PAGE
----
# Binning a column with pandas

## Question:

I have a data frame column with numeric values:

46.5
44.2
100.0
42.12

I want to see the column as bin counts:

bins = [0, 1, 5, 10, 25, 50, 100]

How can I get the result as bins with their value counts?

[0, 1] bin amount
[1, 5] etc
[5, 10] etc
...

You can use pandas.cut:

bins = [0, 1, 5, 10, 25, 50, 100]
df['binned'] = pd.cut(df['percentage'], bins)
print (df)
percentage     binned
0       46.50   (25, 50]
1       44.20   (25, 50]
2      100.00  (50, 100]
3       42.12   (25, 50]

bins = [0, 1, 5, 10, 25, 50, 100]
labels = [1,2,3,4,5,6]
df['binned'] = pd.cut(df['percentage'], bins=bins, labels=labels)
print (df)
percentage binned
0       46.50      5
1       44.20      5
2      100.00      6
3       42.12      5
bins = [0, 1, 5, 10, 25, 50, 100]
df['binned'] = np.searchsorted(bins, df['percentage'].values)
print (df)
percentage  binned
0       46.50       5
1       44.20       5
2      100.00       6
3       42.12       5

…and then value_counts or groupby and aggregate size:

s = pd.cut(df['percentage'], bins=bins).value_counts()
print (s)
(25, 50]     3
(50, 100]    1
(10, 25]     0
(5, 10]      0
(1, 5]       0
(0, 1]       0
Name: percentage, dtype: int64

s = df.groupby(pd.cut(df['percentage'], bins=bins)).size()
print (s)
percentage
(0, 1]       0
(1, 5]       0
(5, 10]      0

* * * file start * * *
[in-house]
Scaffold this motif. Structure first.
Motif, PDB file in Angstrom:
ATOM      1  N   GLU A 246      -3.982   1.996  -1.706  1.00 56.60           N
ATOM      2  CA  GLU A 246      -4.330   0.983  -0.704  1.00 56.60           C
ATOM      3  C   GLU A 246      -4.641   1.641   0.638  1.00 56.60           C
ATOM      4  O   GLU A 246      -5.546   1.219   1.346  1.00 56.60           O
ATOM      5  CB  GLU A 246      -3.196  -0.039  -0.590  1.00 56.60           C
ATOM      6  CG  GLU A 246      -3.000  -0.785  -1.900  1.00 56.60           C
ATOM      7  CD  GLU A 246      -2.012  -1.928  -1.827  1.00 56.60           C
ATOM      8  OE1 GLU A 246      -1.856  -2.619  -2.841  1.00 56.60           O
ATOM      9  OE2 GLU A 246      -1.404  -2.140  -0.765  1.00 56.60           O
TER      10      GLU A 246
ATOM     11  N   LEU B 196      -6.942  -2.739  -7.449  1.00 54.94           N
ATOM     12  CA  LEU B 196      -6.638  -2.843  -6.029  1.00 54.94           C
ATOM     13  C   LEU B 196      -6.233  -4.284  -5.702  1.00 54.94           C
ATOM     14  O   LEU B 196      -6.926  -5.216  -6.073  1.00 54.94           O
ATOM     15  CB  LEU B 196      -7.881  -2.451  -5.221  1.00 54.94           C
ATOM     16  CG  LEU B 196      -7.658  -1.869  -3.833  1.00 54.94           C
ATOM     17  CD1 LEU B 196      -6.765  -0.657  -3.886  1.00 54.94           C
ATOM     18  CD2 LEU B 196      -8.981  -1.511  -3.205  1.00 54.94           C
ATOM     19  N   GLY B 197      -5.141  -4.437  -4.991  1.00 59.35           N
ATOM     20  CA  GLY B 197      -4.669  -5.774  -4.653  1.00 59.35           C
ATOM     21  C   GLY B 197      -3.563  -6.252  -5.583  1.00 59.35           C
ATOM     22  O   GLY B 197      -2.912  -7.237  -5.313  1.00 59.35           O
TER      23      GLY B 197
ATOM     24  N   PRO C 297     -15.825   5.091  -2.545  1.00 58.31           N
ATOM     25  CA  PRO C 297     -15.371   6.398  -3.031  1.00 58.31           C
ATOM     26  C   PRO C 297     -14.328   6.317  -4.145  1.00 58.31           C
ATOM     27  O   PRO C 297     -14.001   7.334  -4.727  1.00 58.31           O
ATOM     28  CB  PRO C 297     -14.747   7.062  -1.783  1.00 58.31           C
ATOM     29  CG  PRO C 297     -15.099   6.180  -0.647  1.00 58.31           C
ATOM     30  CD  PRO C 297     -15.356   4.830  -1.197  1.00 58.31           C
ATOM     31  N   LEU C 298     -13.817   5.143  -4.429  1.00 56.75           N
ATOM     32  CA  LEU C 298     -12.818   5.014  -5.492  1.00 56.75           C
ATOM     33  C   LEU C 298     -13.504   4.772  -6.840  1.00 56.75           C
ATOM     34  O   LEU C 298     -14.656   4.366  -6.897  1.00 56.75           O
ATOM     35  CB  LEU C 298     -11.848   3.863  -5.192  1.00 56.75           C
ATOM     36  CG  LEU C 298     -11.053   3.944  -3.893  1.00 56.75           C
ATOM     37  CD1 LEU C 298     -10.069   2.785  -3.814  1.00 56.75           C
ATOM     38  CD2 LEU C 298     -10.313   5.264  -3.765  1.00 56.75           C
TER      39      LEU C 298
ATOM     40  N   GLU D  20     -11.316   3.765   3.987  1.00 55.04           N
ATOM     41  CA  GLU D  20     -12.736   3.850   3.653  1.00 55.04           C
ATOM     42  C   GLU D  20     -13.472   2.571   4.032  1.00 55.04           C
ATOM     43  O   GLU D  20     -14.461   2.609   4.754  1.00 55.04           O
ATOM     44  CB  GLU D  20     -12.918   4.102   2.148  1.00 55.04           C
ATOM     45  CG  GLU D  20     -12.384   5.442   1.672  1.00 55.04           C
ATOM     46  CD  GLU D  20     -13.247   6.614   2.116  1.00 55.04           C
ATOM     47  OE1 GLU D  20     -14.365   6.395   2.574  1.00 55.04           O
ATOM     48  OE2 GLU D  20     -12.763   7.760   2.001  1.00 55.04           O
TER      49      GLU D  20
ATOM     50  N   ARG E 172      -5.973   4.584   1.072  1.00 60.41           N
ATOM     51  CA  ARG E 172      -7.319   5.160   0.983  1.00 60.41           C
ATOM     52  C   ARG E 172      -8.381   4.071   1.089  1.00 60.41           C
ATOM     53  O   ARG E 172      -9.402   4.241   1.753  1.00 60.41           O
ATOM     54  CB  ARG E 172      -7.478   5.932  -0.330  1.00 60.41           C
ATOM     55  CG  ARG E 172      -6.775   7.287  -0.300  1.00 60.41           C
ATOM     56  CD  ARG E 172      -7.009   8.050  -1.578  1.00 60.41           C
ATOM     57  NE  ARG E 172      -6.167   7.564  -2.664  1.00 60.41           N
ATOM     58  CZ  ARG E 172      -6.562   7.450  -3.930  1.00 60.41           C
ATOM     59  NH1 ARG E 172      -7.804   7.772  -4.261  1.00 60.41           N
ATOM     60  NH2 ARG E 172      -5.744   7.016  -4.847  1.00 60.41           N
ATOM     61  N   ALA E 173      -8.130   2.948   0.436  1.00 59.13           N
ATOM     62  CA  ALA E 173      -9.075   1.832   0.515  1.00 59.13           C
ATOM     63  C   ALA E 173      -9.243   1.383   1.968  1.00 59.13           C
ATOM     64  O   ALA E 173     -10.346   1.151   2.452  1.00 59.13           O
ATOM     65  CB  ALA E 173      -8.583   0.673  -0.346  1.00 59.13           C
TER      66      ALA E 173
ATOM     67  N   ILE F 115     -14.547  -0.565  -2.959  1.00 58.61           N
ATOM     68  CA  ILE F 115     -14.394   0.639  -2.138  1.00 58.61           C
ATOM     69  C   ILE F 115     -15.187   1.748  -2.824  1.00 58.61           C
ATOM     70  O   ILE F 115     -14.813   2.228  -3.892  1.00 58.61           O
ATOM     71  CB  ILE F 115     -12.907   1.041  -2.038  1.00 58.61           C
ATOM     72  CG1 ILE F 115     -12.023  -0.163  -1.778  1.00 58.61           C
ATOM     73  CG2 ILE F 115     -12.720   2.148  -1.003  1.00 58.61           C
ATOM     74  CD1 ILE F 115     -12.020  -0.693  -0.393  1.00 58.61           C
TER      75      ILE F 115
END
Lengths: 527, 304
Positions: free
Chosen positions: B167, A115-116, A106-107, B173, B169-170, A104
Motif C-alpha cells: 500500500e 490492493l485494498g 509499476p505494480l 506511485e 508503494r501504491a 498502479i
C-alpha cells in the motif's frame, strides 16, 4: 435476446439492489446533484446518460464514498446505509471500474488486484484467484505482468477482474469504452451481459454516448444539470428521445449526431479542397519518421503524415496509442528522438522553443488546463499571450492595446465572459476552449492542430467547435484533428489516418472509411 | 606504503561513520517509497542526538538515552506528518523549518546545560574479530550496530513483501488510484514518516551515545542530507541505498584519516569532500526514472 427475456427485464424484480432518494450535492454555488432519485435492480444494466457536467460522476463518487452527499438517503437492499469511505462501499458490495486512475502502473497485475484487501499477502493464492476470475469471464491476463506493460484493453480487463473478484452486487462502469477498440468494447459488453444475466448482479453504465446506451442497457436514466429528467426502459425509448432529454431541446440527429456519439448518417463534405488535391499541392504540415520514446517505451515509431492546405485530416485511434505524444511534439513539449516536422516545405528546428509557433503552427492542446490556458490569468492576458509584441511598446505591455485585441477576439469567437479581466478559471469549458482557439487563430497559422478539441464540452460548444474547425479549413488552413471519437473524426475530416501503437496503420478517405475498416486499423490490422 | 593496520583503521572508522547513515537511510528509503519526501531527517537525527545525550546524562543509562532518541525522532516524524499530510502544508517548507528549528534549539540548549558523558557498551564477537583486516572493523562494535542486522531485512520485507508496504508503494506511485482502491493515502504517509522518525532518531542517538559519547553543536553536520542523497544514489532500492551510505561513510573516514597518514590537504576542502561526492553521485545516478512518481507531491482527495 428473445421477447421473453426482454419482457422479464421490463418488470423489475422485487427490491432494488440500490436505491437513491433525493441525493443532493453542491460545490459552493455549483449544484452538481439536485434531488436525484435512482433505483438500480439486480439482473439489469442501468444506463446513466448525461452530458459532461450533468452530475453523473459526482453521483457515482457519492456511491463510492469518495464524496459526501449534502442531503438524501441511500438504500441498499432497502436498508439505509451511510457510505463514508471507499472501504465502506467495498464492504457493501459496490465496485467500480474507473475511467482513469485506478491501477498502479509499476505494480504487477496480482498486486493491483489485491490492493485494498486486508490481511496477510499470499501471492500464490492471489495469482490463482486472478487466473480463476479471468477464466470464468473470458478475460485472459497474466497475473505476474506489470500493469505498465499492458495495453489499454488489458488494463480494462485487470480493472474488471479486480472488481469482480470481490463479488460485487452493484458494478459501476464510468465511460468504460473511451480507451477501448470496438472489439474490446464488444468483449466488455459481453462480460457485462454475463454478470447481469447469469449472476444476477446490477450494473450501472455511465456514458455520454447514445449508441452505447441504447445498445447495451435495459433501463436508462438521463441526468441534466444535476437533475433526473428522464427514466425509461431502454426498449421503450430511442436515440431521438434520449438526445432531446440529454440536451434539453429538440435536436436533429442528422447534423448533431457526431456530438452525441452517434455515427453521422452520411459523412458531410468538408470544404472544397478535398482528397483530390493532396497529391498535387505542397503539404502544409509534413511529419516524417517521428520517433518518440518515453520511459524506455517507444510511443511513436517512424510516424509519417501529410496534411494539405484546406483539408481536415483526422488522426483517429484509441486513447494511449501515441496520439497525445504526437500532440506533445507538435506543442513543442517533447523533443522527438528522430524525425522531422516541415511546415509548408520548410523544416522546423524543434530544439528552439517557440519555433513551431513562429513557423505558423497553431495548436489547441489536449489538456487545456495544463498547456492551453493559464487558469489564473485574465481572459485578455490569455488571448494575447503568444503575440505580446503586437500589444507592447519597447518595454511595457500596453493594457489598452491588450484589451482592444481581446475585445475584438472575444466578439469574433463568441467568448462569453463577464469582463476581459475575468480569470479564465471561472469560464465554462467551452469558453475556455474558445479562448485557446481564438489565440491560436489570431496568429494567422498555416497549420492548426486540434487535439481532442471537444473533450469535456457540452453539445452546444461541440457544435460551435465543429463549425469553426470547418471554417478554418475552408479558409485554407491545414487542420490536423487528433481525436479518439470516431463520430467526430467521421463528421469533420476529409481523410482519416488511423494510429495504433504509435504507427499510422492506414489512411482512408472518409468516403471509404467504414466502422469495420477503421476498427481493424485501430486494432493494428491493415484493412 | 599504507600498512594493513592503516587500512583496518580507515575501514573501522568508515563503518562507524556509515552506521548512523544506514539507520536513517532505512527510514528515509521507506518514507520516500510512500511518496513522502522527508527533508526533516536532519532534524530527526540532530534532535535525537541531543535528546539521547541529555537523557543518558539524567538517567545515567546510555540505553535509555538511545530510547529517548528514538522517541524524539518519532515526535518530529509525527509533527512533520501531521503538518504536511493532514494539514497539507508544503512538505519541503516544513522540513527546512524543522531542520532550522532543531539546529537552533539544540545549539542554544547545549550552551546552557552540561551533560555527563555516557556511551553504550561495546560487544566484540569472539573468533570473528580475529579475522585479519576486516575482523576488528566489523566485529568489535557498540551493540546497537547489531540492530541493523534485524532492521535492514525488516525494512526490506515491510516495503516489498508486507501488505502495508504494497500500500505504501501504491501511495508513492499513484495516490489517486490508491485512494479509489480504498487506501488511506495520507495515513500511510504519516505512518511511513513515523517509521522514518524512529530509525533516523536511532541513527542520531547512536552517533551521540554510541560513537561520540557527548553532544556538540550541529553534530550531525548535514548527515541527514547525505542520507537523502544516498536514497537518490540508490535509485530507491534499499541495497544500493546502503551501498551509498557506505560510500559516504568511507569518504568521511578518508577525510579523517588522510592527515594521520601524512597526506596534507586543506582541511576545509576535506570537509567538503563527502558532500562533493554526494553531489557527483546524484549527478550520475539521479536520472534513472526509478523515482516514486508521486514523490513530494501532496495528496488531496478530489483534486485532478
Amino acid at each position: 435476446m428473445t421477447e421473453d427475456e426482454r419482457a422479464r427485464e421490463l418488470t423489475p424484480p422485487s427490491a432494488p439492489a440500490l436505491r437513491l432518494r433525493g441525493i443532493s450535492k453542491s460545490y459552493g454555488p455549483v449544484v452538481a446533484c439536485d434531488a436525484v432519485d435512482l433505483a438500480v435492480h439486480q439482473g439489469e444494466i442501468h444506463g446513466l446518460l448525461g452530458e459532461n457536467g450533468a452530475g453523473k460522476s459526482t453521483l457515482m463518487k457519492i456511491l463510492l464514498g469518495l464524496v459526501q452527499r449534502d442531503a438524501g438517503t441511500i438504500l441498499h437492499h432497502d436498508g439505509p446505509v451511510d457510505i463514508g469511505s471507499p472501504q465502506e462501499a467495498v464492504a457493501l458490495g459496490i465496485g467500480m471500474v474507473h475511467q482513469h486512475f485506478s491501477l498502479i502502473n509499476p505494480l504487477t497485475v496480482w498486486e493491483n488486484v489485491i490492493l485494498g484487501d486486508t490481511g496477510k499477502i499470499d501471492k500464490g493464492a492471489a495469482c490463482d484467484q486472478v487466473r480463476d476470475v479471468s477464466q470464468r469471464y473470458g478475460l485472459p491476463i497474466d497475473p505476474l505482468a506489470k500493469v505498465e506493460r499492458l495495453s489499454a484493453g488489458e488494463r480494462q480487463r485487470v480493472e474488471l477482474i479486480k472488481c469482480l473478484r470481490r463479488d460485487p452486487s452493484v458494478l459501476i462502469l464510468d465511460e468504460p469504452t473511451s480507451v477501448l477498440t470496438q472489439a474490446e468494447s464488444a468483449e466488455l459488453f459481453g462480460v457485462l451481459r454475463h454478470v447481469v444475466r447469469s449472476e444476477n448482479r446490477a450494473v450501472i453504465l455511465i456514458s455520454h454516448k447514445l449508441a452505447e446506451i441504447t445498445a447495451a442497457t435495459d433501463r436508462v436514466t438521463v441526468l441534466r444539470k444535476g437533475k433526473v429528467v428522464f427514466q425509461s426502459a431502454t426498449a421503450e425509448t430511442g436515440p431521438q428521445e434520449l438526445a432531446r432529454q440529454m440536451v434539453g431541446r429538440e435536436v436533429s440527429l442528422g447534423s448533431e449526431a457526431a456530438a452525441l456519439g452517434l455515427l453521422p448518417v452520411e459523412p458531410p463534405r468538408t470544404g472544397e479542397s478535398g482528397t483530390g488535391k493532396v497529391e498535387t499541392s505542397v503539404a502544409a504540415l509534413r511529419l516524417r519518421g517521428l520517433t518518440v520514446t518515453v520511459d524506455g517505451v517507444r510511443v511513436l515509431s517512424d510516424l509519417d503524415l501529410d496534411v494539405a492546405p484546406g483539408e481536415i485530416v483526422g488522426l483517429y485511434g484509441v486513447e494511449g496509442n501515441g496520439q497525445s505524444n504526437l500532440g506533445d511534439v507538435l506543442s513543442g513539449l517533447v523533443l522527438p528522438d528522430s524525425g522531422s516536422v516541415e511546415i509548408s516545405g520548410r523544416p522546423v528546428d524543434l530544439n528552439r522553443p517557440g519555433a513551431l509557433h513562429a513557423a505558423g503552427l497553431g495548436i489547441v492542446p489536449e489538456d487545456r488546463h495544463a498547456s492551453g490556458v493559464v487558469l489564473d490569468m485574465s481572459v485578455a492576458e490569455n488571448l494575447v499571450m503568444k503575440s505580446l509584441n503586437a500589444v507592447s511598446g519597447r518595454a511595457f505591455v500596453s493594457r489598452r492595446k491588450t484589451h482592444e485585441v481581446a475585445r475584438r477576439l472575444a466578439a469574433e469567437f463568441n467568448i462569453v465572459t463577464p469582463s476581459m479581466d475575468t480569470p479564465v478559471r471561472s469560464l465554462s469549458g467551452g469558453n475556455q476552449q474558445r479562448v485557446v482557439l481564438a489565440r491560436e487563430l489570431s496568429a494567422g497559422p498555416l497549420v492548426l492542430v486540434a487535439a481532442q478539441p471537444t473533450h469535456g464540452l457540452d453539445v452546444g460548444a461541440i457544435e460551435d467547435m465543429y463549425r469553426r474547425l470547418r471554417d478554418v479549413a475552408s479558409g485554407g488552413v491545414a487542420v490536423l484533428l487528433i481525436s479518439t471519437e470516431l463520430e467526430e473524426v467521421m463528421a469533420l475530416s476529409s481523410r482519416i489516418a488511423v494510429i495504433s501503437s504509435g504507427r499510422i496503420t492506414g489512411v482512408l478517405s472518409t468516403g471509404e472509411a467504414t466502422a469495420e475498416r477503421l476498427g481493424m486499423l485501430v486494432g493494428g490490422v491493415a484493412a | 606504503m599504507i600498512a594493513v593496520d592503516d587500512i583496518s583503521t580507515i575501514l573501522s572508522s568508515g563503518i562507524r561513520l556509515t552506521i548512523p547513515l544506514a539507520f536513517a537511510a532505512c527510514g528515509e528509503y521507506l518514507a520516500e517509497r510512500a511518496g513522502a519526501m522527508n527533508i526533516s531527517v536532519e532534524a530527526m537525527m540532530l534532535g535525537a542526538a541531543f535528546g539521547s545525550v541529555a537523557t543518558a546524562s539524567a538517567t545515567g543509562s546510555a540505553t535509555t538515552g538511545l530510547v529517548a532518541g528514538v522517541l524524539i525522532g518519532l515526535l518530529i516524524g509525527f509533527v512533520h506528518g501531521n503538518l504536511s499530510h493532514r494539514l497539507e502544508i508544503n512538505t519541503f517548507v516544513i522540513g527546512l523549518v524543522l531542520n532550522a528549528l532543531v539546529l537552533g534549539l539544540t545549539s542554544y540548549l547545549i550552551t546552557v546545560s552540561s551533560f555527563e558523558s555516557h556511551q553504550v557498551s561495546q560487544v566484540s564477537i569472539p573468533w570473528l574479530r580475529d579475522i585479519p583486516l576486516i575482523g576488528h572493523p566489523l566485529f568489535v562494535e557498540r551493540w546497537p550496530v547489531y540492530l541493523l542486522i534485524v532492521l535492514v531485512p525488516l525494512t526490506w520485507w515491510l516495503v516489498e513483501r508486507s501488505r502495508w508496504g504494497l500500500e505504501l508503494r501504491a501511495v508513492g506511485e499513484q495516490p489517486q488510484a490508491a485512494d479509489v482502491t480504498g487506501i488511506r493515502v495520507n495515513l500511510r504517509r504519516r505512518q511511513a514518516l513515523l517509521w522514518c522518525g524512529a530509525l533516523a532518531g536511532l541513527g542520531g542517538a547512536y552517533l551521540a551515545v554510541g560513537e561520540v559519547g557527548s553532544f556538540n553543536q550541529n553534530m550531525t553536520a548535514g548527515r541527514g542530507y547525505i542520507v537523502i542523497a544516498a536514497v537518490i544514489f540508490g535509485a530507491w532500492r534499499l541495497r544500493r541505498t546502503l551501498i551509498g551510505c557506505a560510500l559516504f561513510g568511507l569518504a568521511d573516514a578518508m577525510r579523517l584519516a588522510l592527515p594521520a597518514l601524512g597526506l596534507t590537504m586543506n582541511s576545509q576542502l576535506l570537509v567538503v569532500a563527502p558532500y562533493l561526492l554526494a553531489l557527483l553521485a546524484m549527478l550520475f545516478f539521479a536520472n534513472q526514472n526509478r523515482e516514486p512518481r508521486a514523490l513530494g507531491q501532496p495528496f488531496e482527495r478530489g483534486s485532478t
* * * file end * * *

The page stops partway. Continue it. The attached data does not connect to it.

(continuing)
(10, 25]     0
(25, 50]     3
(50, 100]    1
dtype: int64

By default cut returns categorical.

Series methods like Series.value_counts() will use all categories, even if some categories are not present in the data, operations in categorical.

## Using the Numba module for speed up.

On big datasets (more than 500k), pd.cut can be quite slow for binning data.

I wrote my own function in Numba with just-in-time compilation, which is roughly six times faster:

from numba import njit

@njit
def cut(arr):
bins = np.empty(arr.shape[0])
for idx, x in enumerate(arr):
if (x >= 0) & (x < 1):
bins[idx] = 1
elif (x >= 1) & (x < 5):
bins[idx] = 2
elif (x >= 5) & (x < 10):
bins[idx] = 3
elif (x >= 10) & (x < 25):
bins[idx] = 4
elif (x >= 25) & (x < 50):
bins[idx] = 5
elif (x >= 50) & (x < 100):
bins[idx] = 6
else:
bins[idx] = 7

return bins
cut(df['percentage'].to_numpy())

# array([5., 5., 7., 5.])

Optional: you can also map it to bins as strings:

a = cut(df['percentage'].to_numpy())

conversion_dict = {1: 'bin1',
2: 'bin2',
3: 'bin3',
4: 'bin4',
5: 'bin5',
6: 'bin6',
7: 'bin7'}

bins = list(map(conversion_dict.get, a))

# ['bin5', 'bin5', 'bin7', 'bin5']

Speed comparison:

# Create a dataframe of 8 million rows for testing
dfbig = pd.concat([df]*2000000, ignore_index=True)

dfbig.shape

# (8000000, 1)
%%timeit
cut(dfbig['percentage'].to_numpy())

# 38 ms ± 616 µs per loop (mean ± standard deviation of 7 runs, 10 loops each)
%%timeit
bins = [0, 1, 5, 10, 25, 50, 100]
labels = [1,2,3,4,5,6]
pd.cut(dfbig['percentage'], bins=bins, labels=labels)

# 215 ms ± 9.76 ms per loop (mean ± standard deviation of 7 runs, 10 loops each)

We could also use np.select:

bins = [0, 1, 5, 10, 25, 50, 100]
df['groups'] = (np.select([df['percentage'].between(i, j, inclusive='right')
for i,j in zip(bins, bins[1:])],
[1, 2, 3, 4, 5, 6]))

Output:

percentage  groups
0       46.50       5
1       44.20       5
2      100.00       6
3       42.12       5

# Convenient and fast option using Numpy

np.digitize is a convenient and fast option:

import pandas as pd
import numpy as np

df = pd.DataFrame({'x': [1,2,3,4,5]})
df['y'] = np.digitize(df['x'], bins=[3,5]) # convert column to bin

print(df)

returns

x  y
0  1  0
1  2  0
2  3  1
3  4  1
4  5  2